This tactic generally takes place in a queue with the items that an individual is planning to steal and pays for only one. The thief holds what he intends to steal in full view, avoiding suspicion due to their apparent intention of payment. In the unlikely event of being caught, the thief can simply pass off the attempt at stealing as accidental.
This is when a shoplifter switches the price tags of merchandise most likely putting the cheaper tag on the product, they wish to obtain.
Fitting room bagging
Fitting rooms are generally weak points in any retail store. Shoplifters can conceal items while being concealed. They will look for weak and busy members of staff manning fitting rooms to either enter with large amounts of merchandise, or double hanging items of clothing on one hanger.
This technique is carried out by a team of two. The first person will enter the store dressed as a stereotypical shoplifter to act as a distraction and allow the second person to enter the store and hide and steal items while staff and security and observe the first person.
Common scams to watch out for
Having some knowledge on common shoplifting scams might be what catches a thief one day. Some of the most common scams include:
‘Man-in-the-middle: Unusual requests from so-called suppliers, such as being contacted to make a payment into a new bank account.
Fraud returns: This is one of the most common tactics used by thieves. False returns happen when a thieve returns items that may be stolen to gain cash. The can try and return this by using stolen receipts or using receipt tape.
Don’t forget about counterfeit notes and vouchers
For those who have worked in the retail business for some time, the ability to spot counterfeit notes and vouchers comes as second nature. However, new staff may not be as skilled in spotting fake notes and vouchers. Most shops nowadays have equipment that can identify counterfeits, such as pens or UV lights, but not all staff remember to use them. It’s important to remind all staff to always test notes and vouchers, regardless of the amount of money that’s being handed over.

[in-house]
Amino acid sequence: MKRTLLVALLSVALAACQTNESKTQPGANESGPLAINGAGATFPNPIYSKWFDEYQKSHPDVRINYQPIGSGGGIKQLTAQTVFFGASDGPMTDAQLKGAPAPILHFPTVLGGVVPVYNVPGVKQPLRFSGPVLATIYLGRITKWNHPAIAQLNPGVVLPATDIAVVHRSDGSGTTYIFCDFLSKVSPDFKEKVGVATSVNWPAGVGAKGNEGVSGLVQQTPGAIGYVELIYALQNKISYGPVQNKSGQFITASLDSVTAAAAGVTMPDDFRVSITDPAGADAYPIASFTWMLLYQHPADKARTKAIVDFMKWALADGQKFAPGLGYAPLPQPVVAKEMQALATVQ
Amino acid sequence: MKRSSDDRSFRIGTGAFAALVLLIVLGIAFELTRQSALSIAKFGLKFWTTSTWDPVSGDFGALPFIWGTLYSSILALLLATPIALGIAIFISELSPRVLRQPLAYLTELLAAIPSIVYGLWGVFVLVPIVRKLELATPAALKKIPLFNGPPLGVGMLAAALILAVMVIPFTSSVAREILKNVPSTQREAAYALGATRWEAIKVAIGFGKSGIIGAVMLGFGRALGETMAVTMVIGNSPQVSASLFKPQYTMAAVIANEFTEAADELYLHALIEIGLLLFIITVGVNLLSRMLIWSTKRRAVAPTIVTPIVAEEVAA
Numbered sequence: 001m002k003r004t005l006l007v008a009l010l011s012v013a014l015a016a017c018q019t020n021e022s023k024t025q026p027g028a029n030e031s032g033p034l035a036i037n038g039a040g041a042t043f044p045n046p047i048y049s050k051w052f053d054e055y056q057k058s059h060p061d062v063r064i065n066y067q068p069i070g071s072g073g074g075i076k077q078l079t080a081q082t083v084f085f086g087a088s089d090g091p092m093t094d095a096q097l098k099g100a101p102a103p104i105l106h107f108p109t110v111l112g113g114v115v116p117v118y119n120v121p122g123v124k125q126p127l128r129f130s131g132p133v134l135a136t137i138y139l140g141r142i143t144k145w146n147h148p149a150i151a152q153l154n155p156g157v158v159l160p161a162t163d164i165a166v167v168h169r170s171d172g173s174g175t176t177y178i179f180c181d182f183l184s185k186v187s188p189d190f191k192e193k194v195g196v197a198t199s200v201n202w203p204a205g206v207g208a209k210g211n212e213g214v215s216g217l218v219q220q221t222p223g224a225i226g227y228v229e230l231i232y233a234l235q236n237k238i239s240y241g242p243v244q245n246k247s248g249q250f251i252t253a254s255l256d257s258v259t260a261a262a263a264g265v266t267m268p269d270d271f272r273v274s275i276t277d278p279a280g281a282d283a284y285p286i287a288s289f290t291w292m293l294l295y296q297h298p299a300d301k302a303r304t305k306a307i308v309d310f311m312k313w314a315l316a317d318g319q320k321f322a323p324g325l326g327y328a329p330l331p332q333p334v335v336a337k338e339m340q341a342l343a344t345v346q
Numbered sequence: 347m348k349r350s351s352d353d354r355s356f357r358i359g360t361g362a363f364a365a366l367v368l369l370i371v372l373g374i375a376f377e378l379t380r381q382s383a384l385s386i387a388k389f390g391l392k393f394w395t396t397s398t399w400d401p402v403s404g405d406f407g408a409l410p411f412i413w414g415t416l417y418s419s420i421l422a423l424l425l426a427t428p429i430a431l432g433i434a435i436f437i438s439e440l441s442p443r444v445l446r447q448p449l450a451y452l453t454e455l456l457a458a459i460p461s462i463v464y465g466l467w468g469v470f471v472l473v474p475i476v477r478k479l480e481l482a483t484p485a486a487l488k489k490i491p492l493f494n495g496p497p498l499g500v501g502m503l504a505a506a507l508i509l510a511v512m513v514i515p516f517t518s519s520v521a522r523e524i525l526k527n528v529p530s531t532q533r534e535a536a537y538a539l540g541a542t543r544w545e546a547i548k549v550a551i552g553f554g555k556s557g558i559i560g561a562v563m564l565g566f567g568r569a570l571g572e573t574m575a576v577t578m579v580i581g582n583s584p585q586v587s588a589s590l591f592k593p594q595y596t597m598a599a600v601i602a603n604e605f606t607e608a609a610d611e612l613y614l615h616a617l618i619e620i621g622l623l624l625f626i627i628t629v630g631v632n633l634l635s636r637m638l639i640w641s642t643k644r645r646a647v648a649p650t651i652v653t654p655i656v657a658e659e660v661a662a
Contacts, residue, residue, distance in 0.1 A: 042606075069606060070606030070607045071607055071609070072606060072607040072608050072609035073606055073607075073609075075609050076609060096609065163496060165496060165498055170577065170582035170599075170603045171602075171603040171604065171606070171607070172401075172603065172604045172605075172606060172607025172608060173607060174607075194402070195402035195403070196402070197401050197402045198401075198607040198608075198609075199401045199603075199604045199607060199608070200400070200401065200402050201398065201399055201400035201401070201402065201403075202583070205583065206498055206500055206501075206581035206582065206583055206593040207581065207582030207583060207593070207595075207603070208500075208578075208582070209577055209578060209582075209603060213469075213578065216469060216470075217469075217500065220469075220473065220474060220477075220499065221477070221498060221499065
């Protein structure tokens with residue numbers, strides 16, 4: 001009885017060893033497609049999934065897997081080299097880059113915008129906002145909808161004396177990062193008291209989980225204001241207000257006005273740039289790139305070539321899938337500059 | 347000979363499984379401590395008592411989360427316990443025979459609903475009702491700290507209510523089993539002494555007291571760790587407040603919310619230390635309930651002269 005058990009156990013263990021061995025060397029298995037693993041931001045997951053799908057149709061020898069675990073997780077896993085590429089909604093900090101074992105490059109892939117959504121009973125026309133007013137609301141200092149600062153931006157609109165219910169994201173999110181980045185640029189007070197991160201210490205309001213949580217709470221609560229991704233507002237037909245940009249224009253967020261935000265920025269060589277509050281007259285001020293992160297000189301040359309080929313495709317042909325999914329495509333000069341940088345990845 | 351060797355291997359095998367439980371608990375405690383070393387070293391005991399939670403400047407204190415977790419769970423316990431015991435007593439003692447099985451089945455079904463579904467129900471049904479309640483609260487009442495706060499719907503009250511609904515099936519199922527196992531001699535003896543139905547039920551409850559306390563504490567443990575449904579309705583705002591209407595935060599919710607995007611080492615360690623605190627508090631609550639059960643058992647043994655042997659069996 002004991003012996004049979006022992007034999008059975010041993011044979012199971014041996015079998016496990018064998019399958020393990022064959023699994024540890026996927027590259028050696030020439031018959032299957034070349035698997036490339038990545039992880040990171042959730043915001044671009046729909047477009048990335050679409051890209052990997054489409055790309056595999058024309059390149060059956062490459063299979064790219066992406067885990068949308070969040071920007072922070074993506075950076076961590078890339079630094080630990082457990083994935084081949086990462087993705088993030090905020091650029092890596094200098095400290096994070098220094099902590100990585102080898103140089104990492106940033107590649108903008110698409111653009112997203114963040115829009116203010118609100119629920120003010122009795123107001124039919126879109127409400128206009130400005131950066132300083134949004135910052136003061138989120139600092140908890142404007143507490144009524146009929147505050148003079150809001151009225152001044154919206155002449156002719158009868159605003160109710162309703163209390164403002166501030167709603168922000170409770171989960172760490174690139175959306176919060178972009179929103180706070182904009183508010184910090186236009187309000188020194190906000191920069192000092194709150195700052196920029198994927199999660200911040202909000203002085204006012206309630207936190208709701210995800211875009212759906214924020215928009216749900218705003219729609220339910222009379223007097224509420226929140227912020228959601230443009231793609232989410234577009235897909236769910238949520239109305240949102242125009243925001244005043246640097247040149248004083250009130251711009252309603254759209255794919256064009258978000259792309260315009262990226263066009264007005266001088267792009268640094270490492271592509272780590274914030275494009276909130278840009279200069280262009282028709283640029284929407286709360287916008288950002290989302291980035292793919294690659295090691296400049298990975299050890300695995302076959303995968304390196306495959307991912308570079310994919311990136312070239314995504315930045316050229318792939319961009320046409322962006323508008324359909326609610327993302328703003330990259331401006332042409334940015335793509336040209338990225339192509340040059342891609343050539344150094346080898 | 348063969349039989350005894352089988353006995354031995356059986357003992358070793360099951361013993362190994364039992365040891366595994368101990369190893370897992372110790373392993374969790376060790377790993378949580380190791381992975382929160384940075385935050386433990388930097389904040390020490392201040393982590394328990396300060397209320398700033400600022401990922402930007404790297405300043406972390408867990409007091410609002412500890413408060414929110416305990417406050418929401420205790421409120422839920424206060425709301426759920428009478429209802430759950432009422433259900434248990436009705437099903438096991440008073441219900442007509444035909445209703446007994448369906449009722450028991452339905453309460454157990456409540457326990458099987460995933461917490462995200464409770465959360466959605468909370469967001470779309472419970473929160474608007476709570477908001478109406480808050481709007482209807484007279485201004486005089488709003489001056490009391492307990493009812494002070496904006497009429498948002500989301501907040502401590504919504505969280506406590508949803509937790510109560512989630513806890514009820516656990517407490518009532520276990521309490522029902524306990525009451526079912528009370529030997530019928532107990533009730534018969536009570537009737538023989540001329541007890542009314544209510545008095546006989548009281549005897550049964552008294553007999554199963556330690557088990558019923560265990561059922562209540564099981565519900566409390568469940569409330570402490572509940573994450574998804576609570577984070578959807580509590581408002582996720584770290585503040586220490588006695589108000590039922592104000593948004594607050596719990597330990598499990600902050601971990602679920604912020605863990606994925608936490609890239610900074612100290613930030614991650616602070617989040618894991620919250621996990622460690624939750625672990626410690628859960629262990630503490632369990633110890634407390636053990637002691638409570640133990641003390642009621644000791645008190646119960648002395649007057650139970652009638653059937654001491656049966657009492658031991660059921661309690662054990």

Royal Bank of Scotland’s tips for spotting counterfeit notes and vouchers
- Watermark: Real watermarks should be barely visible until the note is held to light and the clear portrait with subtle light and shade becomes visible.
- Paper: Real banknote paper should be crisp and not limp, waxy or shiny. The special printing processes give banknotes a unique feel. It should not feel like normal paper.
- Serial Numbers: Real notes have unique serial numbers. If two notes show the same serial number, one of them is fake.
Increasing store visibility can help tackle theft. For example, hideaways and blind spots are easy areas for shoplifters to hide their stolen items. Visibility can be improved by making some small, yet effective changes to the store layout, such as:
- Keep shorter displays near to tills and taller displays closer to the perimeter.
- Ensure that aisles and shelves are not cluttered
- Place point of sale display material away from exits and entrances
- Consider the location of pay points – is the back of the store really useful?
Investing in a security system
Criminals will be deterred if retails stores have a security system in place, CCTV cameras in particular. CCTV cameras should be installed outside and inside your premises. With technology ever evolving, monitoring your store operations is easier than ever. Monitor from home, pay points, store rooms or the store office. CCTV is especially useful for small businesses that have a few members of staff.